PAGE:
Oleic Acid Content Is Responsible for the Reduction in Blood Pressure Induced by Olive Oil

Proc Natl Acad Sci U S A. 2008 Sep 16;105(37):13811-6. doi: 10.1073/pnas.0807500105. Epub 2008 Sep 4.

Abstract

Numerous studies have shown that high olive oil intake reduces blood pressure (BP). These positive effects of olive oil have frequently been ascribed to its minor components, such as alpha-tocopherol, polyphenols, and other phenolic compounds that are not present in other oils. However, in this study we demonstrate that the hypotensive effect of olive oil is caused by its high oleic acid (OA) content (approximately 70-80%). We propose that olive oil intake increases OA levels in membranes, which regulates membrane lipid structure (H(II) phase propensity) in such a way as to control G protein-mediated signaling, causing a reduction in BP. This effect is in part caused by its regulatory action on G protein-associated cascades that regulate adenylyl cyclase and phospholipase C. In turn, the OA analogues, elaidic and stearic acids, had no hypotensive activity, indicating that the molecular mechanisms that link membrane lipid structure and BP regulation are very specific. Similarly, soybean oil (with low OA content) did not reduce BP. This study demonstrates that olive oil induces its hypotensive effects through the action of OA.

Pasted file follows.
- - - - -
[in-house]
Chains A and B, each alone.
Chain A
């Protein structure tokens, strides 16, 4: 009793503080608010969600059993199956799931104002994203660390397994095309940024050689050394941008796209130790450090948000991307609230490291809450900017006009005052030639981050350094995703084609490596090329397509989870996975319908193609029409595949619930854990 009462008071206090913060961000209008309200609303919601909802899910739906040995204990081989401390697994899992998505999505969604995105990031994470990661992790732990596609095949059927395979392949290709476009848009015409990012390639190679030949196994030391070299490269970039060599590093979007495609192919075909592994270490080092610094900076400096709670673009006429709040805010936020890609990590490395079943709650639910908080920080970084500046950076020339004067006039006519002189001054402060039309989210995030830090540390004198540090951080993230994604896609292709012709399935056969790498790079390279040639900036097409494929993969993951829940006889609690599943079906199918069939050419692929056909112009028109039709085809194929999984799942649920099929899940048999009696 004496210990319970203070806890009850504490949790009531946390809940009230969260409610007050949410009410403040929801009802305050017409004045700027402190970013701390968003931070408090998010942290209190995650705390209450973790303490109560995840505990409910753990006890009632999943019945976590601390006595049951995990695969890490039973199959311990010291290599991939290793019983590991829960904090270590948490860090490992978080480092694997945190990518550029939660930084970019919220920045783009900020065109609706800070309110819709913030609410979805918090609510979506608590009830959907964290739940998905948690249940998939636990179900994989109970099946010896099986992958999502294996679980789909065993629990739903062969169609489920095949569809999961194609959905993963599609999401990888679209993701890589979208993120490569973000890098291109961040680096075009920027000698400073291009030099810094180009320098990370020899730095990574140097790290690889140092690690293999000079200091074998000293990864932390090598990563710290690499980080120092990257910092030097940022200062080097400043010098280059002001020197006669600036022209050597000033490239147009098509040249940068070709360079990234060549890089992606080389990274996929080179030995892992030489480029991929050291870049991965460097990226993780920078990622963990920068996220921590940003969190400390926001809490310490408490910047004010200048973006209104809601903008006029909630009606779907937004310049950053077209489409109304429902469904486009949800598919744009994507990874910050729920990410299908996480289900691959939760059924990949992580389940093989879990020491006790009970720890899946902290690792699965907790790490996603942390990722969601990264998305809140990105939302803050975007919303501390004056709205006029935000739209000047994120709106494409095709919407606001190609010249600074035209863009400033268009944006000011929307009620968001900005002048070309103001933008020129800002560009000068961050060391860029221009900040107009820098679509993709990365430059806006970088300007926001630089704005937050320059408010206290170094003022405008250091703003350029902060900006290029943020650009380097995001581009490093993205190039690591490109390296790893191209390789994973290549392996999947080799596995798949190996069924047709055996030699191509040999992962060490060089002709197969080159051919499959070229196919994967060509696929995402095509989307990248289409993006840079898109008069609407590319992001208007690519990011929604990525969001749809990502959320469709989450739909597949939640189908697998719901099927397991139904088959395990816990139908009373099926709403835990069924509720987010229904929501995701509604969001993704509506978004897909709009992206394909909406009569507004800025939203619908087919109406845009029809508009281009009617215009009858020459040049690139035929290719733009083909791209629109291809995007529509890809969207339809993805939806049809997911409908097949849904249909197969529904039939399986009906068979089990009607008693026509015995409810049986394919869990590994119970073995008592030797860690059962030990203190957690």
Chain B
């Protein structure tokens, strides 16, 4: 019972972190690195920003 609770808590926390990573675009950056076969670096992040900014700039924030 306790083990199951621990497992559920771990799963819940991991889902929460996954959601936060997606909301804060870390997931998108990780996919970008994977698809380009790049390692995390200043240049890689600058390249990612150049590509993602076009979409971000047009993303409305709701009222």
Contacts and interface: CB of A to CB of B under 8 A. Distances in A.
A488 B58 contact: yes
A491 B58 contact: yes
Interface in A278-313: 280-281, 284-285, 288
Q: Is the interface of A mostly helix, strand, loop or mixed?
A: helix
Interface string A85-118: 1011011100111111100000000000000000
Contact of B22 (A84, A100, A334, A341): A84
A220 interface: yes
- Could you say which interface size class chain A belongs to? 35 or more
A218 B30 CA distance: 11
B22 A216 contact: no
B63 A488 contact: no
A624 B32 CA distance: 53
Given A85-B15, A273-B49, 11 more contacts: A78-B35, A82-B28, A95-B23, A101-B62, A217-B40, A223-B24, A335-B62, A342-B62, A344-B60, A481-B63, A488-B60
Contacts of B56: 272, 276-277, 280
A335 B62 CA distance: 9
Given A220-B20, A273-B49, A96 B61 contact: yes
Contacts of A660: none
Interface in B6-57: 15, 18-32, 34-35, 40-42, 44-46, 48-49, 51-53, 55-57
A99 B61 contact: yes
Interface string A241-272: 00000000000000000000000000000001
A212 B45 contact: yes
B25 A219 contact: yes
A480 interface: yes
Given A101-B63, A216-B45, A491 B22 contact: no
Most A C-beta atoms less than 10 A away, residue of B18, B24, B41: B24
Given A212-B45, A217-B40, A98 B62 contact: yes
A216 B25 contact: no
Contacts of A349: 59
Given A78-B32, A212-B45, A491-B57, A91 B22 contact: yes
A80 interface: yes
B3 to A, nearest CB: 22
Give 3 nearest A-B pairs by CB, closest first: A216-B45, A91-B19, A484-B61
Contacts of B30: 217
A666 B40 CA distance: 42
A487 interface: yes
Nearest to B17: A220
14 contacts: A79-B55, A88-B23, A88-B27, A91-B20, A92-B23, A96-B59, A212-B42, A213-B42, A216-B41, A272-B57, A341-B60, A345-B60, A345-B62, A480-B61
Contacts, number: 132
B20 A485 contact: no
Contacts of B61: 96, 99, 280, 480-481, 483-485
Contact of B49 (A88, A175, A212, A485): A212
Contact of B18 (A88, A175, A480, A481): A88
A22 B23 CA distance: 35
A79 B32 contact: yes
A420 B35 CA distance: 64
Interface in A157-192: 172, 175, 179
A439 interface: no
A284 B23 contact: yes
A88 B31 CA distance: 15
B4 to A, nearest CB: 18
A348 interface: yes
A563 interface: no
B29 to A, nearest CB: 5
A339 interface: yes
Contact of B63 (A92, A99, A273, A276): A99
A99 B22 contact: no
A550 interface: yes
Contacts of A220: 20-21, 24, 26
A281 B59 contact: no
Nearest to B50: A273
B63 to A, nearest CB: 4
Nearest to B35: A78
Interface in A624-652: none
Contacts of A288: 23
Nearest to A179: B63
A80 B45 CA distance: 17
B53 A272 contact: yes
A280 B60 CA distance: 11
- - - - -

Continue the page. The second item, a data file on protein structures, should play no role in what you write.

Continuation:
Publication types

  • Research Support, Non-U.S. Gov't

MeSH terms

  • Animals
  • Aorta / drug effects
  • Blood Pressure / drug effects*
  • Female
  • Heart Rate / drug effects
  • Hypertension / drug therapy
  • Hypertension / physiopathology
  • Oleic Acid / pharmacology*
  • Oleic Acid / therapeutic use
  • Olive Oil
  • Plant Oils / pharmacology*
  • Plant Oils / therapeutic use
  • Rats
  • Rats, Sprague-Dawley
  • Signal Transduction / drug effects
  • Soybean Oil / pharmacology
  • Stearic Acids / pharmacology

Substances

  • Olive Oil
  • Plant Oils
  • Stearic Acids
  • Oleic Acid
  • stearic acid
  • Soybean Oil